We're Inspired By Skanderbeg | Fighting Arts Health Lab


Apache Warrior Lozen

Along with her brother Victorio, Lozen helped free the Apache people forced onto the San Carlos Reservation in the 1870s. After her brother’s death, she became fearless. 

She fought beside Geronimo and supposedly could sense the enemy's location and number. "I saw a magnificent woman on a beautiful horse—Lozen, sister of Victorio. Lozen, the woman warrior! She could ride, shoot, and fight like a man," one account reported.

We're Inspired By Lozen | Fighting Arts Health Lab


Pharaoh Ramses II

Stood at the head of 100,000 soldiers and established the borders of Egypt against the Hittite and the Nubian peoples, among many others. Many of the tactics he used in famous battles, like the Battle of Kadesh, are still used today. 

He sponsored massive building projects, using the military strategies he developed in architectural and topographical models to create fortified cities that could withstand attack. His successors and later Egyptians called him the "Great Ancestor".

We're Inspired By Ramses II I Fighting Arts Health Lab


Sergeant Leigh Ann Hester

While assigned to the 617th Military Police Company, a Kentucky Army National Guard unit out of Richmond, Kentucky, Leigh Ann Hester became the first woman since World War II to receive the Silver Star for exceptional valor. On the morning of March 20, 2005, then-Sgt. Leigh Ann Hester was tasked with assisting a supply convoy moving east of Baghdad, a job that meant scanning and clearing the route of any improvised explosive devices her squad was ambushed in Iraq by insurgents, and she led her team through the "kill zone," where she and her crew killed the insurgents and cleared the area.

Who We're Inspired By Sgt Leigh Ann Hester | Fighting Arts Health Lab


Attila the Hun

Was the ruler of the Huns from 434 until his death in March 453. He became famous expanding the territory through invasions into the Persian Empire, the land that is now modern day Germany, and many other territories.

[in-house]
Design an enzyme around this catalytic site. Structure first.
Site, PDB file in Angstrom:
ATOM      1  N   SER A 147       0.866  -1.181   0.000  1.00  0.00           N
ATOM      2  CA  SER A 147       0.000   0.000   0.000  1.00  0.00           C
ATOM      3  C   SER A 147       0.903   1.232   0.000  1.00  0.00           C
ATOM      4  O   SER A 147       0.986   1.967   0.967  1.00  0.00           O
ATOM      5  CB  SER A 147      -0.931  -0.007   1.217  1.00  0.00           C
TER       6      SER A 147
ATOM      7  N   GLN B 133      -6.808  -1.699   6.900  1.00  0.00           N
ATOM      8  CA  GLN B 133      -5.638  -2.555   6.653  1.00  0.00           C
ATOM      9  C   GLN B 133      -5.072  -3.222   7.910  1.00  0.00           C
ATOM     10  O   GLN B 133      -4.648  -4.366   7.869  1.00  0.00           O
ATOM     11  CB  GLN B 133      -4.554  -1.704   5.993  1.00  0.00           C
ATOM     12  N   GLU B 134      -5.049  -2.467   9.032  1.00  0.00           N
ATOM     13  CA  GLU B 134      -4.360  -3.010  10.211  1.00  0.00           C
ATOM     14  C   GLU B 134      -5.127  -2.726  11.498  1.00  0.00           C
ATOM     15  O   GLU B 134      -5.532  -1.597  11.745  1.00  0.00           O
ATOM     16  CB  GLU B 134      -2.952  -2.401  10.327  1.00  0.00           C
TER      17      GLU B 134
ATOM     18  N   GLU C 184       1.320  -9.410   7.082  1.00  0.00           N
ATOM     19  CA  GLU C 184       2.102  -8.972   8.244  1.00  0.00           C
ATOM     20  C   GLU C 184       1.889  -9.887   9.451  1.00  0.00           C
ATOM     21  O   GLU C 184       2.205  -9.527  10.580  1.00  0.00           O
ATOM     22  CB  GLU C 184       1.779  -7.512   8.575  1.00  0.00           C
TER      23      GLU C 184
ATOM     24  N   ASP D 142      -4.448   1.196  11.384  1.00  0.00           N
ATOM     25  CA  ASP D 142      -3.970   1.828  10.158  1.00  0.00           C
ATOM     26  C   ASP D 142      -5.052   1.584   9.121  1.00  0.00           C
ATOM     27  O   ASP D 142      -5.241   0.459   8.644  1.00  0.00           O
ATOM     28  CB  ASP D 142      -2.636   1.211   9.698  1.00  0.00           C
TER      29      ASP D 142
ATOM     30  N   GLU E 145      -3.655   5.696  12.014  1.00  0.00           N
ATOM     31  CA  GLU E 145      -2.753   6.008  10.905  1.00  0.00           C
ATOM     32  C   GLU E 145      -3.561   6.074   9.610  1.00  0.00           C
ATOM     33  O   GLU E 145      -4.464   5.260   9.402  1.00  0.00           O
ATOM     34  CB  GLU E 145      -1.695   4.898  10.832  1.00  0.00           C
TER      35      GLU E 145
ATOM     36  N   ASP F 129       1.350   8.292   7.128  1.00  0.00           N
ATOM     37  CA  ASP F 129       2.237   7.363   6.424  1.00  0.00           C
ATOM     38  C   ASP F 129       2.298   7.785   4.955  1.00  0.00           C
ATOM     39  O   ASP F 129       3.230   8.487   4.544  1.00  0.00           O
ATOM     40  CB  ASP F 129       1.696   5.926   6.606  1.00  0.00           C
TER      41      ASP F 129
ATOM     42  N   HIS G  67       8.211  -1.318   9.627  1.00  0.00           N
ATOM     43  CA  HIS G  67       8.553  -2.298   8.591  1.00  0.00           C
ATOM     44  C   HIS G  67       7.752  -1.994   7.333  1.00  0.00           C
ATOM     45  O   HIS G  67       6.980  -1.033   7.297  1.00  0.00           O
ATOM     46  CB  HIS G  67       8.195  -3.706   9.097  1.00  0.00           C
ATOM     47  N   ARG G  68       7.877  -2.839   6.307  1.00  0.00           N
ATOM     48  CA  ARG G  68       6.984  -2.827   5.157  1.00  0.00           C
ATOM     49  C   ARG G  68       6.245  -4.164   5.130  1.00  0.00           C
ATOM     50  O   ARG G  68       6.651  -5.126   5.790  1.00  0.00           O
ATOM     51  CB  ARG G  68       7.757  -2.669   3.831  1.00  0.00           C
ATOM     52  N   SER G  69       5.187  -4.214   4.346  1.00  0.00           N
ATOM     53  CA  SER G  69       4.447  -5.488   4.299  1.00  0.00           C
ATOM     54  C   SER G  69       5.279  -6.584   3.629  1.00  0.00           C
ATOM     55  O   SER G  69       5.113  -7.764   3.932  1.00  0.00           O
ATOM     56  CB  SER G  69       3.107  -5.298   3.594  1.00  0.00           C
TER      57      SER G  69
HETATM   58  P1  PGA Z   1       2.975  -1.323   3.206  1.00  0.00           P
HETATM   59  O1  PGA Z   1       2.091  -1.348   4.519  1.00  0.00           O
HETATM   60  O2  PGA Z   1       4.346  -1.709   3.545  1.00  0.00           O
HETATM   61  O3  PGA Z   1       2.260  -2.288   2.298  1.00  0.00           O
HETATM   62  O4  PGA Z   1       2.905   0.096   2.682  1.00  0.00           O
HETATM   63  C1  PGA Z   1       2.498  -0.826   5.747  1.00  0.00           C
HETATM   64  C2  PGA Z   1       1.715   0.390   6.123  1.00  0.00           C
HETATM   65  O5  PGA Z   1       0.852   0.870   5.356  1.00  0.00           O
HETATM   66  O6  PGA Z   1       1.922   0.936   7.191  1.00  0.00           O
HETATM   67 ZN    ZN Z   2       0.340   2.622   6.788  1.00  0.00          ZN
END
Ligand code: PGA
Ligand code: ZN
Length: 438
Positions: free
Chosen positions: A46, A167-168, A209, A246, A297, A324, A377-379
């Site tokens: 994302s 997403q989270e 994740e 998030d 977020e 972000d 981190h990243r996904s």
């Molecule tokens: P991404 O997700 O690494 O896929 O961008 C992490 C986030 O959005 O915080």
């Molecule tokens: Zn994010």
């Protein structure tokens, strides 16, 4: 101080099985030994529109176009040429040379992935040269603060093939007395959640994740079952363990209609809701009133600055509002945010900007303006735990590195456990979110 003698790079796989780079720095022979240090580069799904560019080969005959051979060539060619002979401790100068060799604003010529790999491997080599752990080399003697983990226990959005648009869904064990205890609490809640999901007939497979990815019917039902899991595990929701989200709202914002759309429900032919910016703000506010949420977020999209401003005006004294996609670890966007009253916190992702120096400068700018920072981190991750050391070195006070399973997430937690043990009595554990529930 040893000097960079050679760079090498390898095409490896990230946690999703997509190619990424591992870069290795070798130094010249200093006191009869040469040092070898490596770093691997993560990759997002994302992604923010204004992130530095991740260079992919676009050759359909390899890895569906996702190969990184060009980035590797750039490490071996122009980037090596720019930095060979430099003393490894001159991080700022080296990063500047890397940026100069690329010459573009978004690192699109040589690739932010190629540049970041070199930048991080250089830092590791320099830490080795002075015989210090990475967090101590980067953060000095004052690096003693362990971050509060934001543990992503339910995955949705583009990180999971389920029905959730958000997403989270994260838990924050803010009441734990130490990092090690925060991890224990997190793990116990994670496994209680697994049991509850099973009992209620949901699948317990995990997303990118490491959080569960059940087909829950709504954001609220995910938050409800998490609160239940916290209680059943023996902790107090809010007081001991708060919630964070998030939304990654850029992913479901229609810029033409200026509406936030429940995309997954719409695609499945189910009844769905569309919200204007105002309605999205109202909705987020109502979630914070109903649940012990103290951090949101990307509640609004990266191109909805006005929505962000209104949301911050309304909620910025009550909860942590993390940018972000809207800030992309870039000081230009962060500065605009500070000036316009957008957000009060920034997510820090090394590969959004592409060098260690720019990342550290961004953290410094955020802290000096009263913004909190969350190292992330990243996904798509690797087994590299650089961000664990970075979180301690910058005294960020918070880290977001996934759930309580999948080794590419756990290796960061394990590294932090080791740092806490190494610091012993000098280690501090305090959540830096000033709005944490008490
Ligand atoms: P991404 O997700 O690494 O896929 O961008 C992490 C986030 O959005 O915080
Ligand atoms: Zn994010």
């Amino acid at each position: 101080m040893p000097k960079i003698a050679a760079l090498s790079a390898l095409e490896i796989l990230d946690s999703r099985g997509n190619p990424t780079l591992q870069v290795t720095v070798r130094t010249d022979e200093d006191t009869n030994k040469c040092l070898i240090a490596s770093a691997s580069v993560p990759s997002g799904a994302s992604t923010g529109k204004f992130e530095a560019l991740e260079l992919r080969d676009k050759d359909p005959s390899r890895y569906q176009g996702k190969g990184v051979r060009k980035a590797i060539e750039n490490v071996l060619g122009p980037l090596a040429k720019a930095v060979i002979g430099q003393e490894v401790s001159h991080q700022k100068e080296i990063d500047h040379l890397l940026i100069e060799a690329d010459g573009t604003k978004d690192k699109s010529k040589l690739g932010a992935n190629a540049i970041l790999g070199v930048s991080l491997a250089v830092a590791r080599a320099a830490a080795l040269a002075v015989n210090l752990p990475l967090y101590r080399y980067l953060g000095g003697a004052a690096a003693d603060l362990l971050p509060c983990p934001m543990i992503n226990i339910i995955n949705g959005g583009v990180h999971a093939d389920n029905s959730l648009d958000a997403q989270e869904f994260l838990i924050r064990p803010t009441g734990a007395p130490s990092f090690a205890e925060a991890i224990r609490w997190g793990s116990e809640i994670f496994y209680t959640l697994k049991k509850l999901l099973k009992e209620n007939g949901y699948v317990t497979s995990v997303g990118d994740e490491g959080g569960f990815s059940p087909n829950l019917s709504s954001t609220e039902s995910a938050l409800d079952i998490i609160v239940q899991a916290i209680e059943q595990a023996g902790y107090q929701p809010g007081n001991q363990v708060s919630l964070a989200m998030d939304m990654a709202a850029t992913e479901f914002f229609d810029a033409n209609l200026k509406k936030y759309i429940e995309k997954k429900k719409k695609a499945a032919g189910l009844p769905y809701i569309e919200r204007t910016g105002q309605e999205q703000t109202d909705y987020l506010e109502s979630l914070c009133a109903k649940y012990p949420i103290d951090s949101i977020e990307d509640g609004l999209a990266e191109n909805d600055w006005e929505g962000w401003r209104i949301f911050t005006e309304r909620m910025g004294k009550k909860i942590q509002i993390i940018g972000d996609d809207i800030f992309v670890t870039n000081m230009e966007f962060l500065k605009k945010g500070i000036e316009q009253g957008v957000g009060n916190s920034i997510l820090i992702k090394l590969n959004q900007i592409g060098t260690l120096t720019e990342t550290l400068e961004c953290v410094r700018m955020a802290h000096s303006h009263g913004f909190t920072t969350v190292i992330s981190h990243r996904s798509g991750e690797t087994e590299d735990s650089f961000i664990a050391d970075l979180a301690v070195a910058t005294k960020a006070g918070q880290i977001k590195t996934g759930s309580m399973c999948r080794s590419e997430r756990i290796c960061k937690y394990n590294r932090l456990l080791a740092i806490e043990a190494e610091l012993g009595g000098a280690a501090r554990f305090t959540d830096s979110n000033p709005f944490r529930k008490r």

He conquered a large portion of Central and Eastern Europe. Many historians consider Attila the Hun the most creative and brutal generals of his era. He was well known for having a great deal of durability for battle and instilling this characteristic into his soldiers.

We're Inspired By Atilla the Hun | Fighting Arts Health Lab


Queen Zenobia

Warrior Queen Zenobia of the Palmyrene Empire in what is today Syria fought back the Romans and expanding the boundaries of her kingdom. After the assassination of her husband and son, she turned on the Roman Empire. 

While not enough is known about her conquests and eventual defeat, the stories of her capture, taming, and disappearance has several variations, all of which signal the Romans did what they could to erase her influence from history.

We're Inspired By Queen Zenobia | Fighting Arts Health Lab


Yagyu Munenori

Founded the Yagyū Shinkage-ryū and was the most important retainer of the Tokugawa Shogunate era. His sword style was one of two officially backed by the Tokugawa Shogunate. He was personal sword teacher to Tokugawa Ieyasu, Ieyasu's son Hidetada, and the third shogun Iemitsu. He fathered one of the more romanticized samurai in Japanese history, Yagyu Jubei.